Second-hand smoke exposure in different types of venues: before and after the implementation of smoke-free legislation in Guangzhou, China.
ABSTRACT: Smoke-free legislation was implemented in Guangzhou on 1 September 2010. However, the smoke-free policy did not cover all indoor areas and smoking rooms can be set in some public places. This study aimed to assess changes in self-reported second-hand smoke (SHS) exposure in different types of venues and in homes, in order to evaluate the effectiveness of smoke-free legislation.A repeated cross-sectional survey of representative participants was conducted in Guangzhou before and after the smoke-free legislation. Logistic regression models were used to examine the effectiveness of smoke-free legislation.Self-reported exposure to SHS,antitobacco advertisements and tobacco advertisements.A total of 4900 participants before the ban and 5135 participants after the ban were selected using a multistage stratified design.In full smoking ban places, overall self-reported SHS exposure has declined significantly from 58.8% to 50.3% (p<0.05) with greater drops in cultural venues, government offices and commercial venues. The smoke-free policy did not alter SHS exposure in smokers' homes (39.6% in 2009 vs 40.0% in 2011; p=0.454). Although a slight decrease in SHS exposure was observed in smoking rooms in hotels, workplaces, restaurants, cafes/bars/nightclubs and amusement parks, SHS continued to be high in those areas. The implementation of smoke-free legislation was accompanied by an increase in antitobacco advertisements.SHS exposure declines more significantly in full smoking ban places than in partial smoking ban places. The smoke-free policy in public places does not lead to more SHS exposure in homes. Therefore, it is recommended that Guangzhou should implement a 100% smoke-free policy in all public places and workplaces in the future.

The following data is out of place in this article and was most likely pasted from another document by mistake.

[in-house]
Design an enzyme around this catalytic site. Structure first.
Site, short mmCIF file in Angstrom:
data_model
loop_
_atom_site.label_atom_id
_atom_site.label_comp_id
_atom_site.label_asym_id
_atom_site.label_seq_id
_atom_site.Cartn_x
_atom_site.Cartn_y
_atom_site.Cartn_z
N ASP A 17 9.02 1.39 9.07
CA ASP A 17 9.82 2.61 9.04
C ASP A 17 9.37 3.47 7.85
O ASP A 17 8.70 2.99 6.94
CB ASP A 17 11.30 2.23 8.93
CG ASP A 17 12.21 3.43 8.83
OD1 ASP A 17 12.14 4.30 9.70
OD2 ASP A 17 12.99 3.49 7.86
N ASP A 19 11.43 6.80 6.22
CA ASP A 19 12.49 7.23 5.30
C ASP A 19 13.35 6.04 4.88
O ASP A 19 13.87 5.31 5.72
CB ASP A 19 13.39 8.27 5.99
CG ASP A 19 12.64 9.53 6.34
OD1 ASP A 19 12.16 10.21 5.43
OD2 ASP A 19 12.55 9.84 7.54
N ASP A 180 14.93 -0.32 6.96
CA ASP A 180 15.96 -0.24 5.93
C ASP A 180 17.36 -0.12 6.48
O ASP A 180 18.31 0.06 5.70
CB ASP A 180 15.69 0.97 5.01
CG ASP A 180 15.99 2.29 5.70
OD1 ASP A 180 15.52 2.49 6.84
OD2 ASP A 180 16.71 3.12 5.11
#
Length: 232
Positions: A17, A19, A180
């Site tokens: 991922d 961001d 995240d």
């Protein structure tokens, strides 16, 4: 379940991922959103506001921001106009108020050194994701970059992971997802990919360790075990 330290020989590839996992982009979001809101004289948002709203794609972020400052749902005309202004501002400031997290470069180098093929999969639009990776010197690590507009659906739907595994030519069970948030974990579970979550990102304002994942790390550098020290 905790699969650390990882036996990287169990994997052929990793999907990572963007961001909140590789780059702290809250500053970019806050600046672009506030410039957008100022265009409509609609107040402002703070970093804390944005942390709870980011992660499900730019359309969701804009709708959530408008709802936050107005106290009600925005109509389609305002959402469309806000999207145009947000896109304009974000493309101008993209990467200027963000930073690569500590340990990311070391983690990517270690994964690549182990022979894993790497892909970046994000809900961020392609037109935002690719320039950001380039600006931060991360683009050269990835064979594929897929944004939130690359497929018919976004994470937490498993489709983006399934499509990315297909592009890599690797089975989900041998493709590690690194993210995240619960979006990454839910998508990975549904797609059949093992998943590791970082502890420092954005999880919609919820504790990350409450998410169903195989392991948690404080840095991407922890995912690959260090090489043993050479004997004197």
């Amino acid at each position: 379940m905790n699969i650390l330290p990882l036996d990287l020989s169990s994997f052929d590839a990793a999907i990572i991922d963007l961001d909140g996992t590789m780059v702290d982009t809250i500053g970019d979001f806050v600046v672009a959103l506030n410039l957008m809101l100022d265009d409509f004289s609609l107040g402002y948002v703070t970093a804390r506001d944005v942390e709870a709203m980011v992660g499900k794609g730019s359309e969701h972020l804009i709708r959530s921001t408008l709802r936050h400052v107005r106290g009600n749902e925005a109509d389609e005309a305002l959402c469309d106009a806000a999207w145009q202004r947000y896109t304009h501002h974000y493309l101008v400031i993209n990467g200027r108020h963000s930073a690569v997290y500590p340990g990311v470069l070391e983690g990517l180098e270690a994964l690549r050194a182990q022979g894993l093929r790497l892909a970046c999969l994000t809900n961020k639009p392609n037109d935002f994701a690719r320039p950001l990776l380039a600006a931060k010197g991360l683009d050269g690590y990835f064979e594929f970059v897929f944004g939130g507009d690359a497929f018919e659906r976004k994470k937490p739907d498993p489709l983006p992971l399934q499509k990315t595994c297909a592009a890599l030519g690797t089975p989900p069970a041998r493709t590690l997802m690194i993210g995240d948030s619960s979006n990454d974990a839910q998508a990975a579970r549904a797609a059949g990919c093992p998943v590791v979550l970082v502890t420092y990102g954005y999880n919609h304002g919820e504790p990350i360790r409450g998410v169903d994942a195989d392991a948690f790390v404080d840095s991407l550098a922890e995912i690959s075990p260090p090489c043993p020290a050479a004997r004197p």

Project description:Meta-analysis of the impact of public smoking bans on children's exposure to secondhand smoke (SHS) exposure at home.The electronic databases of PubMed, Web of Science, PsycINFo, ASSIA, CINAHL were searched. German public health journals not captured by these databases and grey literature were considered in addition. Studies were included when they reported children's SHS exposure at home in relation to smoke-free legislation by measuring exposure before and after the introduction of a public smoking ban. Studies had to provide results on exposure prevalences of children aged below 18 years. Language of publications was restricted to German and English. Details of the included studies (n?=?15) were extracted by one author and checked for accuracy by a second author. Given the exposure prevalences before and after the introduction of a smoke-free legislation, a random-effects meta-analysis of relative risks (RR) was conducted. Results were presented in a forest plot.Meta-analysis showed that the overall effect was a decreased exposure to SHS in the children's homes after introduction of a public smoking ban (RR?=?0.72; 95% CI?=?0.62-0.83). Only two of the 15 studies indicated an increased exposure. Sensitivity analyses considering the type of smoke-free legislation, children's age group and study quality did not substantially alter the result.The assumption of a displacement of smoking into homes with children due to smoke-free legislation in public places could not be confirmed. Additional research is needed to analyse long-term trends.